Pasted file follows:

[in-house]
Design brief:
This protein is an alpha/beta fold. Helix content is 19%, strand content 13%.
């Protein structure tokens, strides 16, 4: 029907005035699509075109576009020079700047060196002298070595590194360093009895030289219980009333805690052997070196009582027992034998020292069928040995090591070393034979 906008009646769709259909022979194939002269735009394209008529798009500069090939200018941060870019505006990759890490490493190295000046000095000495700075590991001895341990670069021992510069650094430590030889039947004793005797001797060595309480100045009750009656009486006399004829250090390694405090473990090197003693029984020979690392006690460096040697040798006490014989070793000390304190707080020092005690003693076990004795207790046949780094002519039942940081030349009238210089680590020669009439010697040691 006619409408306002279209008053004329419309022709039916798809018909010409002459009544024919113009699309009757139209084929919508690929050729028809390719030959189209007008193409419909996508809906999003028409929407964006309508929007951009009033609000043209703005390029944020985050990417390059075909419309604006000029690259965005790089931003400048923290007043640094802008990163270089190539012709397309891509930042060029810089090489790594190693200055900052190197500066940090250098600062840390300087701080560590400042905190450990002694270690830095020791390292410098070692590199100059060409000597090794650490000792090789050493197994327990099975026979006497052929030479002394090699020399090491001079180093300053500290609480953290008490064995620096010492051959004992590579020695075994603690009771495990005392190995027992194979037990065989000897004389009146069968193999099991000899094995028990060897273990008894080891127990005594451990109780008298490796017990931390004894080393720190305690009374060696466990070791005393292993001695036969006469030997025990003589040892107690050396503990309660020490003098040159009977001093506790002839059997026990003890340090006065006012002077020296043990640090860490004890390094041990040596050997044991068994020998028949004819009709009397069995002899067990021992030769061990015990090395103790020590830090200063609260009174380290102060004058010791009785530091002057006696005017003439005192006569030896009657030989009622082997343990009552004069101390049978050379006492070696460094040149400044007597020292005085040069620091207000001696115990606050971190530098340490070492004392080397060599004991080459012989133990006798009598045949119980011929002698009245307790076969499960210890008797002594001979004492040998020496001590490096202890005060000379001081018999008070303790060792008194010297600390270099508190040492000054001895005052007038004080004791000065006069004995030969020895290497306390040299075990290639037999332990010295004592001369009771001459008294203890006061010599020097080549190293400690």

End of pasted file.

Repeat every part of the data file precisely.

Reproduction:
[in-house]
Design brief:
This protein is an alpha/beta fold. Helix content is 19%, strand content 13%.
């Protein structure tokens, strides 16, 4: 029907005035699509075109576009020079700047060196002298070595590194360093009895030289219980009333805690052997070196009582027992034998020292069928040995090591070393034979 906008009646769709259909022979194939002269735009394209008529798009500069090939200018941060870019505006990759890490490493190295000046000095000495700075590991001895341990670069021992510069650094430590030889039947004793005797001797060595309480100045009750009656009486006399004829250090390694405090473990090197003693029984020979690392006690460096040697040798006490014989070793000390304190707080020092005690003693076990004795207790046949780094002519039942940081030349009238210089680590020669009439010697040691 006619409408306002279209008053004329419309022709039916798809018909010409002459009544024919113009699309009757139209084929919508690929050729028809390719030959189209007008193409419909996508809906999003028409929407964006309508929007951009009033609000043209703005390029944020985050990417390059075909419309604006000029690259965005790089931003400048923290007043640094802008990163270089190539012709397309891509930042060029810089090489790594190693200055900052190197500066940090250098600062840390300087701080560590400042905190450990002694270690830095020791390292410098070692590199100059060409000597090794650490000792090789050493197994327990099975026979006497052929030479002394090699020399090491001079180093300053500290609480953290008490064995620096010492051959004992590579020695075994603690009771495990005392190995027992194979037990065989000897004389009146069968193999099991000899094995028990060897273990008894080891127990005594451990109780008298490796017990931390004894080393720190305690009374060696466990070791005393292993001695036969006469030997025990003589040892107690050396503990309660020490003098040159009977001093506790002839059997026990003890340090006065006012002077020296043990640090860490004890390094041990040596050997044991068994020998028949004819009709009397069995002899067990021992030769061990015990090395103790020590830090200063609260009174380290102060004058010791009785530091002057006696005017003439005192006569030896009657030989009622082997343990009552004069101390049978050379006492070696460094040149400044007597020292005085040069620091207000001696115990606050971190530098340490070492004392080397060599004991080459012989133990006798009598045949119980011929002698009245307790076969499960210890008797002594001979004492040998020496001590490096202890005060000379001081018999008070303790060792008194010297600390270099508190040492000054001895005052007038004080004791000065006069004995030969020895290497306390040299075990290639037999332990010295004592001369009771001459008294203890006061010599020097080549190293400690």